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Sunday, August 24, 2014

Sunday Sludge: Sunken - "Recoil"

Eleven months ago, I lamented "We only get five tracks, guys?" after submerging myself in Sunken's hypnotic, swollen demo. It was, of course, entirely complimentary, as those five songs collectively imposed a residual thickness that's still protecting my skull from lesser, boring releases sent my way. Sunken seamlessly hover, cool off, hit pause, and ultimately explode with more power than any two-piece has a right to. But what another bass/drum duo might reveal as weakness only serves as Sunken's spooky, chest-caving catalyst.

These Belgians lugged those swollen tracks and squeezed four more just behind them, wasting not an inch of air space and filling a sonic void that, again, we never knew existed. Thirty minutes expand and improve on the litany of the band's accomplishments, teetering between wholly encompassing and distantly foreboding. On Recoil, Sunken have found their static-sludge stride, slowly rolling out elements both adjacent and obtuse.

The new sounds are bookended by two massive nine-minute haunts that perfectly define their sound and their dynamic. On Sunken, the slow swell of A.'s smooth bass returns, graduating to a crashing storm of static. J.'s drums encircle with cool progression as rhythms worm and poke around corners. The marriage of drum and bass finds Sunken nailing their mark here, with low thumbings taking the lead only to withdraw as the burn deepens. The devastation here is subtle, dealt slowly and even calmly. Amid the haunt, however, is a gorgeous, flattened scene.

Damaged is immediately loose and abrupt, juxtaposing what we've just tread. Stop-start noise is chaotic, attributed to stringy, buoyant bass that breaks for stomping statements. You'll detect a nod toward space, approaching a shipyard on a foggy fadeout. So the transition to Downwards is a smooth one, a midnight stroll that's deceptive and captivating. A. guides our steps, but J. never trails by much. We're pulled blindly into alleys and can't seem to commit to one route, dodging the gradual approach of danger. When paces lift, a blanket of fuzz descends and a strong, ever-increasing groove offers no escape. Our vessels begin to pop.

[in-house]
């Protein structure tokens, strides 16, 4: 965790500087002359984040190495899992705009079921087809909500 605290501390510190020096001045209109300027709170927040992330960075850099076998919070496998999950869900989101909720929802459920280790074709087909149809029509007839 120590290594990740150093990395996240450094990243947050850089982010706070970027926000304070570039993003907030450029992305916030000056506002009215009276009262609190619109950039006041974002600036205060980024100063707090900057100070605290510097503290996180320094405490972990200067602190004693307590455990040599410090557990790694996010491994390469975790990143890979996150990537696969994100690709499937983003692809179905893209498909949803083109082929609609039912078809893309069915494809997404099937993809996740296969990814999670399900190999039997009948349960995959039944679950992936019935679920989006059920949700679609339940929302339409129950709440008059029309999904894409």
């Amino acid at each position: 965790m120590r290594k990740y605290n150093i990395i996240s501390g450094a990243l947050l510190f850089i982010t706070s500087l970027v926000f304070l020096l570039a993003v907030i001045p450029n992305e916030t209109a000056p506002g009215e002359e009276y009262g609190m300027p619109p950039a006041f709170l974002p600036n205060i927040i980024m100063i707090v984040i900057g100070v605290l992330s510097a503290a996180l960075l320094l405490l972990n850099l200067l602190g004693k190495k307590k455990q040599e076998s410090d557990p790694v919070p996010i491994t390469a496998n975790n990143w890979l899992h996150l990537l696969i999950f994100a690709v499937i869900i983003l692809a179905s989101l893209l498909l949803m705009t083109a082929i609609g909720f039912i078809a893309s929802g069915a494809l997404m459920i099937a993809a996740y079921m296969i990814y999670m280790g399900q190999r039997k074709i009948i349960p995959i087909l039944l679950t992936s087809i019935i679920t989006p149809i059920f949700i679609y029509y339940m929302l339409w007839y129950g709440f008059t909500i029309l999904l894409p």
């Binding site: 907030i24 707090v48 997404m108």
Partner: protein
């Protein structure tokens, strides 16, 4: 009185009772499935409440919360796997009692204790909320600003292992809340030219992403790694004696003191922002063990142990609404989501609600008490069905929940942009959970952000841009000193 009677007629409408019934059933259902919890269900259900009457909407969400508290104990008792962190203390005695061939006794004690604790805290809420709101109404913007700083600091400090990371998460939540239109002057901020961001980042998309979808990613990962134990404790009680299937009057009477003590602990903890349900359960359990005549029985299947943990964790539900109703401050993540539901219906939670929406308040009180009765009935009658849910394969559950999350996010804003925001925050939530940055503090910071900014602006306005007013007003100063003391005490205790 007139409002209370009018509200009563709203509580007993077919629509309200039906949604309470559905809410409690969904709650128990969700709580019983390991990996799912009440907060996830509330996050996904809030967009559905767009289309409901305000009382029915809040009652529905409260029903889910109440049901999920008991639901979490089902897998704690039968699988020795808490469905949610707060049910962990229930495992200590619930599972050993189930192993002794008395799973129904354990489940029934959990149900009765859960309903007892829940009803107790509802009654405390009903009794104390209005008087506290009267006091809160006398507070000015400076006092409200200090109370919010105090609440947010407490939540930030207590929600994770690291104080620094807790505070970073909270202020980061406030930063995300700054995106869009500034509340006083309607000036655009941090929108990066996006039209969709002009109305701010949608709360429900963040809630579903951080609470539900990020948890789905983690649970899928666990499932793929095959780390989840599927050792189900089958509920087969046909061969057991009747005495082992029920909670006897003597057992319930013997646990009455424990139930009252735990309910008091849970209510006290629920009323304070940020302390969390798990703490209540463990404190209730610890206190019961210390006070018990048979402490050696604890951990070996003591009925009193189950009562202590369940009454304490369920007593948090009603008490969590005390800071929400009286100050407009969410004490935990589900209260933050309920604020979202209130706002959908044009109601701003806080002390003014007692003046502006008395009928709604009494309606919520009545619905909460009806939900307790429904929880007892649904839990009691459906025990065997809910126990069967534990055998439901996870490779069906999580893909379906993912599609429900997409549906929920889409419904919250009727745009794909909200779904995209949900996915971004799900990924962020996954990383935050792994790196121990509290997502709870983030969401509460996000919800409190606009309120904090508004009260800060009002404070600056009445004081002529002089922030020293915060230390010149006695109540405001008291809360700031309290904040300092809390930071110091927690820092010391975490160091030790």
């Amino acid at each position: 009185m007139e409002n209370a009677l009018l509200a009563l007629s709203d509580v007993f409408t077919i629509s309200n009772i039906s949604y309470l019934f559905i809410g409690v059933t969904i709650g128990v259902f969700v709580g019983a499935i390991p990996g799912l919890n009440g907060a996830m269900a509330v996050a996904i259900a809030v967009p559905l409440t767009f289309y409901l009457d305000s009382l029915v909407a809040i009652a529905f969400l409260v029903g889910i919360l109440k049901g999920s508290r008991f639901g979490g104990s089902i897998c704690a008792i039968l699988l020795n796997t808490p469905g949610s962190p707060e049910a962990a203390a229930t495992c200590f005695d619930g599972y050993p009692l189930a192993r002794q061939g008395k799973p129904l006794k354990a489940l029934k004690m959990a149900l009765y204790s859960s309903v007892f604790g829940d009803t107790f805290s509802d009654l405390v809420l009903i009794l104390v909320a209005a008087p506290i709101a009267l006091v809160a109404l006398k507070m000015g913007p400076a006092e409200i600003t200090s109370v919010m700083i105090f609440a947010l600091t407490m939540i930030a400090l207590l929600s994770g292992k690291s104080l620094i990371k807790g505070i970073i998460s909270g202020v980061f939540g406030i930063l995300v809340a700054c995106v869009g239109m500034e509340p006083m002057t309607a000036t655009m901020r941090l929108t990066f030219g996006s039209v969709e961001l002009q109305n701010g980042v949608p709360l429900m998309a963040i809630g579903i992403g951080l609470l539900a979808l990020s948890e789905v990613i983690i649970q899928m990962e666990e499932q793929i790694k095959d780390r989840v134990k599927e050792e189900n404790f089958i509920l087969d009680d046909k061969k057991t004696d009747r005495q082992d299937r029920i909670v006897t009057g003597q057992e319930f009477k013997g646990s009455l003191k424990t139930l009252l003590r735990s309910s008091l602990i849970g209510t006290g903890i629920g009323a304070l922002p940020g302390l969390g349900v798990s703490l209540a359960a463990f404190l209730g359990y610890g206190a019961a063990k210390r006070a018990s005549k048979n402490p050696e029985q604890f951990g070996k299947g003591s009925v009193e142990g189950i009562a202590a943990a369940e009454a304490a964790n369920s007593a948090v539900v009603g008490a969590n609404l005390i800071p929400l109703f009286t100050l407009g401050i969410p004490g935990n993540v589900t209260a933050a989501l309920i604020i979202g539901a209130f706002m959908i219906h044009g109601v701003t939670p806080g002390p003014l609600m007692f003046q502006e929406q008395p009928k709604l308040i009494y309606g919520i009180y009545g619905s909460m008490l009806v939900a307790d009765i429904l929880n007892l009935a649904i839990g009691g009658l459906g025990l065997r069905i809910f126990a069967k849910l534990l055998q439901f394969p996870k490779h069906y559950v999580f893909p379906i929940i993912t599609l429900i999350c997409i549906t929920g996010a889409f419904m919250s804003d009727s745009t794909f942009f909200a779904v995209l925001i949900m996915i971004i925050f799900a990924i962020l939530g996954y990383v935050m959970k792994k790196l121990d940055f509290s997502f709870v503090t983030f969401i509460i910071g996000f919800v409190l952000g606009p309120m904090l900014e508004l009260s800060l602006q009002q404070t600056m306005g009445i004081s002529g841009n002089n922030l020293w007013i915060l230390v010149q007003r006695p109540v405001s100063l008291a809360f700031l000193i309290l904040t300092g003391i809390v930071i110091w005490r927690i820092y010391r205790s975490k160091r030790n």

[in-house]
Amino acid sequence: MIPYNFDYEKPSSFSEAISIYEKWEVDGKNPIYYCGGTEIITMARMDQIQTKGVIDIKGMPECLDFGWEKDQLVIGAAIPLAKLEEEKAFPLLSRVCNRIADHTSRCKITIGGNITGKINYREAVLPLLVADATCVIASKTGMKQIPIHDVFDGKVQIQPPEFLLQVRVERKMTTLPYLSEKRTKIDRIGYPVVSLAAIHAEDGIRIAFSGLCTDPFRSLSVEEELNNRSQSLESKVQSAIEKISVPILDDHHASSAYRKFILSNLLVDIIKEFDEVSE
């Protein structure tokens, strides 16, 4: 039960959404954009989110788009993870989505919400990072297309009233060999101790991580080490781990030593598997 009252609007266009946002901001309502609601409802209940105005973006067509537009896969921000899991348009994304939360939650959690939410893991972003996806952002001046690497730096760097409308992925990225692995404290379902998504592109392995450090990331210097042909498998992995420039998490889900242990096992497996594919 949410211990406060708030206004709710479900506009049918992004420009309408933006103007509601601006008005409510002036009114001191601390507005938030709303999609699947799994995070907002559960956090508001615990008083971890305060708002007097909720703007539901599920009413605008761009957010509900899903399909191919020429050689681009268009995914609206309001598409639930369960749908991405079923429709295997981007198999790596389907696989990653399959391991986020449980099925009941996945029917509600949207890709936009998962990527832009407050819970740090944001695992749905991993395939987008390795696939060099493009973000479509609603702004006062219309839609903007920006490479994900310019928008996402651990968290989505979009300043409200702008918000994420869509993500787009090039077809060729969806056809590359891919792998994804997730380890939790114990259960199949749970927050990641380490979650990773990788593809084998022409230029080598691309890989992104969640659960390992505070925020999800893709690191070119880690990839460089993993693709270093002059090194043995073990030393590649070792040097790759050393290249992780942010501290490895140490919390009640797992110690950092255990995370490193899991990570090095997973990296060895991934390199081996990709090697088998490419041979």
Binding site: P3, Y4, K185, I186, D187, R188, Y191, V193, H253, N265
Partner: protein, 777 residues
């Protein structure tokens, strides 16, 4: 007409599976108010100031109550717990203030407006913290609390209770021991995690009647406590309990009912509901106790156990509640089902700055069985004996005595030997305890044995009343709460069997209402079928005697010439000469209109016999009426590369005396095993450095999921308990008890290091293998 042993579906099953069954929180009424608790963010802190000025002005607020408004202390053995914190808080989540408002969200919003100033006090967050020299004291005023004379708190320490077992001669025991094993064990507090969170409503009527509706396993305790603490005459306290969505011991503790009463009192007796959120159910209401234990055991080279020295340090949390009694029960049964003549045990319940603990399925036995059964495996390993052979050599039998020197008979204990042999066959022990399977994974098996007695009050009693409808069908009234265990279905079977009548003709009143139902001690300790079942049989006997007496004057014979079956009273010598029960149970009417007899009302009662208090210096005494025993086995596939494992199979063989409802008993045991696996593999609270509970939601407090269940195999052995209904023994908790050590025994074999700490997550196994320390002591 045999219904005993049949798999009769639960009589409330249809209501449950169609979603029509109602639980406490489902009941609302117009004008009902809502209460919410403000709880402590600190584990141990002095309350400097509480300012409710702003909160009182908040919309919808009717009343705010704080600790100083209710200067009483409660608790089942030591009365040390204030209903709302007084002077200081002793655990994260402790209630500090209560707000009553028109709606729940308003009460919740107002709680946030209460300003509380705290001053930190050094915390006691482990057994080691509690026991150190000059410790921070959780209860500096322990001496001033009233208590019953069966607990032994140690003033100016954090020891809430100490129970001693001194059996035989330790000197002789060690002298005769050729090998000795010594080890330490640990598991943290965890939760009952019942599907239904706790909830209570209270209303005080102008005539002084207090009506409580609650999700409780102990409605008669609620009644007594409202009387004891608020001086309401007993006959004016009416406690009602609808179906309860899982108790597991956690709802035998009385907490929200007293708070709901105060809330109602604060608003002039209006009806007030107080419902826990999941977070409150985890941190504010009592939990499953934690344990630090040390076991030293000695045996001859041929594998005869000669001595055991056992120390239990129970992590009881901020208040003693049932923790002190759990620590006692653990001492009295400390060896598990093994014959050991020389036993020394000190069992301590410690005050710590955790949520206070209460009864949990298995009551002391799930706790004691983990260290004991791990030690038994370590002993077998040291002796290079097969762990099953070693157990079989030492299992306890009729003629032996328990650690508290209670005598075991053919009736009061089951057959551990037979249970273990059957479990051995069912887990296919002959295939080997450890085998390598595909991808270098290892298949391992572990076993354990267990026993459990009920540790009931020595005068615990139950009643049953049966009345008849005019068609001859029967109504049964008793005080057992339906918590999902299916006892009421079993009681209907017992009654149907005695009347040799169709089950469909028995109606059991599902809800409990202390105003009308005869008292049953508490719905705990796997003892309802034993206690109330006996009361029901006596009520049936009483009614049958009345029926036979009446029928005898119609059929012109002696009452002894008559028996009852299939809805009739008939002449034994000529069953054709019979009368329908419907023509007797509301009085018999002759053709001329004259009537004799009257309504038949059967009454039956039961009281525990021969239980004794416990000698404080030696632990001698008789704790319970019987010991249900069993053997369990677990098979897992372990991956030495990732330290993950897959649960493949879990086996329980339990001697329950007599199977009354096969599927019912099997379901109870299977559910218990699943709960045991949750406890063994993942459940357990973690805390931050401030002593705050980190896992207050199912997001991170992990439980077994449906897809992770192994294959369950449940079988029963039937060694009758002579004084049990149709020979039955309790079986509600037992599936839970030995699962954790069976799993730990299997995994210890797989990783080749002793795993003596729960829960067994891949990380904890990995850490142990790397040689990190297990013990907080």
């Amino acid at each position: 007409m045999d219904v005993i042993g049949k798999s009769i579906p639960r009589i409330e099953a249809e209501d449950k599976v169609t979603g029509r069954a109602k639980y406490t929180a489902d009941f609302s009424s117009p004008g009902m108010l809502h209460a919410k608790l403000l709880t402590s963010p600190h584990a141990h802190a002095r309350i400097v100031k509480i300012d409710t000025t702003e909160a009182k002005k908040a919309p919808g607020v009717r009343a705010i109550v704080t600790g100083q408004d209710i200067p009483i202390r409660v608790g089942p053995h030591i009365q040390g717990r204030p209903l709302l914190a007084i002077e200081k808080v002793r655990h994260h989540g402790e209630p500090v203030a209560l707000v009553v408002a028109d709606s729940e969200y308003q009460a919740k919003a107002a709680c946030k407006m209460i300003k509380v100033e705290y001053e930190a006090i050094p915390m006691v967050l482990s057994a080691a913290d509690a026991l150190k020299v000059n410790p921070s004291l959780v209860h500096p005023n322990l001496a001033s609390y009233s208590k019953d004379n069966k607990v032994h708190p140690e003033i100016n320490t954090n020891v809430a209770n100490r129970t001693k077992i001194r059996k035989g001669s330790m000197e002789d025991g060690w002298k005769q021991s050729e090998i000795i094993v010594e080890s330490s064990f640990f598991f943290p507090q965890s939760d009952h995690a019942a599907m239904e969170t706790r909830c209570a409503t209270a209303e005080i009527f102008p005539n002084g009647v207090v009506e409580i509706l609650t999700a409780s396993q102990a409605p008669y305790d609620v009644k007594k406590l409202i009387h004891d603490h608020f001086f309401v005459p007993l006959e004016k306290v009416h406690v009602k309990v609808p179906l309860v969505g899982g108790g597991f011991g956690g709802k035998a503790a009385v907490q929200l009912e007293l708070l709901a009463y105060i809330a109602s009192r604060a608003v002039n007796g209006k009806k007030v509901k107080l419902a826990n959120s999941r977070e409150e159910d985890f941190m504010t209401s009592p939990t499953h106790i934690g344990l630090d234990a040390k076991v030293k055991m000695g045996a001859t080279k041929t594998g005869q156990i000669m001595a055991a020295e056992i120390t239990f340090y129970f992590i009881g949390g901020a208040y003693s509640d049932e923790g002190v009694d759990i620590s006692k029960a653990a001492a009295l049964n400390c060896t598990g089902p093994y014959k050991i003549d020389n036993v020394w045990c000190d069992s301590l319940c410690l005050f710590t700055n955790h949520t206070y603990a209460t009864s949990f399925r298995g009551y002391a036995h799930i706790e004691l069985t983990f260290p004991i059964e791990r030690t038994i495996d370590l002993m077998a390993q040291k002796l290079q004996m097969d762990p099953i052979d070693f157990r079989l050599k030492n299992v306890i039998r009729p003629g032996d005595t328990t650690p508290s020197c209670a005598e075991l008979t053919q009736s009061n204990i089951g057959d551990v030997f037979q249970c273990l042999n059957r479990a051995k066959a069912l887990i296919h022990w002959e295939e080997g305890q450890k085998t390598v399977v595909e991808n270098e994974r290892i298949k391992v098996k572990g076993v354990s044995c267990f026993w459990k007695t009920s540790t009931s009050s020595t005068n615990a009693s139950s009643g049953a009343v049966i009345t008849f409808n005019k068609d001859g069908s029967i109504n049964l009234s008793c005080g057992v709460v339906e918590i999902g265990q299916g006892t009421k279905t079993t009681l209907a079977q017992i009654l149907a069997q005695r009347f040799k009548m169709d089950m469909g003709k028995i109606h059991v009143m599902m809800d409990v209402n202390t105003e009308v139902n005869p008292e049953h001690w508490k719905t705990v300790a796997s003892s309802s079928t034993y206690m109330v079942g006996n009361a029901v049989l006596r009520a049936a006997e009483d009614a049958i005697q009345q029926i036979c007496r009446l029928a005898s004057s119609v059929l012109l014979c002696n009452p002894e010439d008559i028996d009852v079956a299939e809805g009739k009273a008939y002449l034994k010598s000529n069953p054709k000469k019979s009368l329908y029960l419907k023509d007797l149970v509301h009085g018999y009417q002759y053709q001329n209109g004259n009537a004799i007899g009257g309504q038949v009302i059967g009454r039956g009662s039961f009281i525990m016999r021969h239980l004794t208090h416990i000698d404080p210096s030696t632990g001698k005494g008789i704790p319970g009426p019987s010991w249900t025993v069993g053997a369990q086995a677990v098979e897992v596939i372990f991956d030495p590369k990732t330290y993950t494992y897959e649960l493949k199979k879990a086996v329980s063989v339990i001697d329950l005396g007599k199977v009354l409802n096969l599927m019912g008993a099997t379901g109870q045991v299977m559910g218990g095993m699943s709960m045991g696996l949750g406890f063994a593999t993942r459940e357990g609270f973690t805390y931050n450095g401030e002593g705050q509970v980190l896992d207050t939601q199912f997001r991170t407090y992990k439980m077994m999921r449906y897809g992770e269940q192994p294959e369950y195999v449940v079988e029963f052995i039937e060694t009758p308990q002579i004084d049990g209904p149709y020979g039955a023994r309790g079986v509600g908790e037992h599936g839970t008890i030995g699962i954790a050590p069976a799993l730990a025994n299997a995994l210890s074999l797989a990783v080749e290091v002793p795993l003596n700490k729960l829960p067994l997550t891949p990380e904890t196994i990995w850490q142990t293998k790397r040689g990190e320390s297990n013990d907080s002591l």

Perhaps everything has led to the closing title track, offering trademarks and undaunted patience. The patches of enormity drizzled over long, numbing stretches are certainly highlights, but simply MASSIVE doom crashes emerge at the midpoint. The denouement buzzes and swarms upon itself, staying true to form but huffing in a whole new level of buzz. The crashes craft an incredible burn, and these final moments make for a sticky experience.

Sunken's great triumph is their lack of predictability. Listening to Recoil, I can't pinpoint where the sounds are headed, whether I'll be crushed by the weight or lifted from the soil. There's much to sift through, and the largest compliment I can give this release is that it'll require multiple spins. One bass. One drum. Hell, you won't even notice there's no vocal. Each progression is a statement, each shift is another nervous tick you've now developed. The deeper you go, the more you want. Junkie.

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